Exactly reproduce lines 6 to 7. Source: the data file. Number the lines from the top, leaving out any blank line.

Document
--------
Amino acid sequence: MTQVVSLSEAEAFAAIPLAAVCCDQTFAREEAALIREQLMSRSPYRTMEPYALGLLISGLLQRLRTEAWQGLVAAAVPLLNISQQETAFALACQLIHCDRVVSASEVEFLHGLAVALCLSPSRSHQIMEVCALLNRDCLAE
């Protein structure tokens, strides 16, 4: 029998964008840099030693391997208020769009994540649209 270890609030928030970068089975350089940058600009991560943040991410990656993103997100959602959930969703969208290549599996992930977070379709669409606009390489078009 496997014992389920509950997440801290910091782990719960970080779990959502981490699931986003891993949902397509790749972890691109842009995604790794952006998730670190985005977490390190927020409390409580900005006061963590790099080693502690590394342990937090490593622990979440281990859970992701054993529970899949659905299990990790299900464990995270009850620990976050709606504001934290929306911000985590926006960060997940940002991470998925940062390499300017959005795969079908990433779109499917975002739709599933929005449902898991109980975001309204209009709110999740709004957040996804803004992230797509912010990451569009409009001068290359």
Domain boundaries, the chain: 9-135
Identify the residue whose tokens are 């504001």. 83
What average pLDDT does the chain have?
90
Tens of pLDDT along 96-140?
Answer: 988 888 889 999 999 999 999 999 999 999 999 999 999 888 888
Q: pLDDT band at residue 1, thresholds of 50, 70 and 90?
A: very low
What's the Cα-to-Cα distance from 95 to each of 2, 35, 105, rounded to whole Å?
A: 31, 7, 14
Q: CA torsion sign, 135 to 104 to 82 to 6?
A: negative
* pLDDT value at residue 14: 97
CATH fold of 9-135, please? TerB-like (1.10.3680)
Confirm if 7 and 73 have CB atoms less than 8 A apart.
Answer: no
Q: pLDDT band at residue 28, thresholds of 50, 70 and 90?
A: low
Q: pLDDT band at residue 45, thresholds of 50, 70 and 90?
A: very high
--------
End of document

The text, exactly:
90
Tens of pLDDT along 96-140?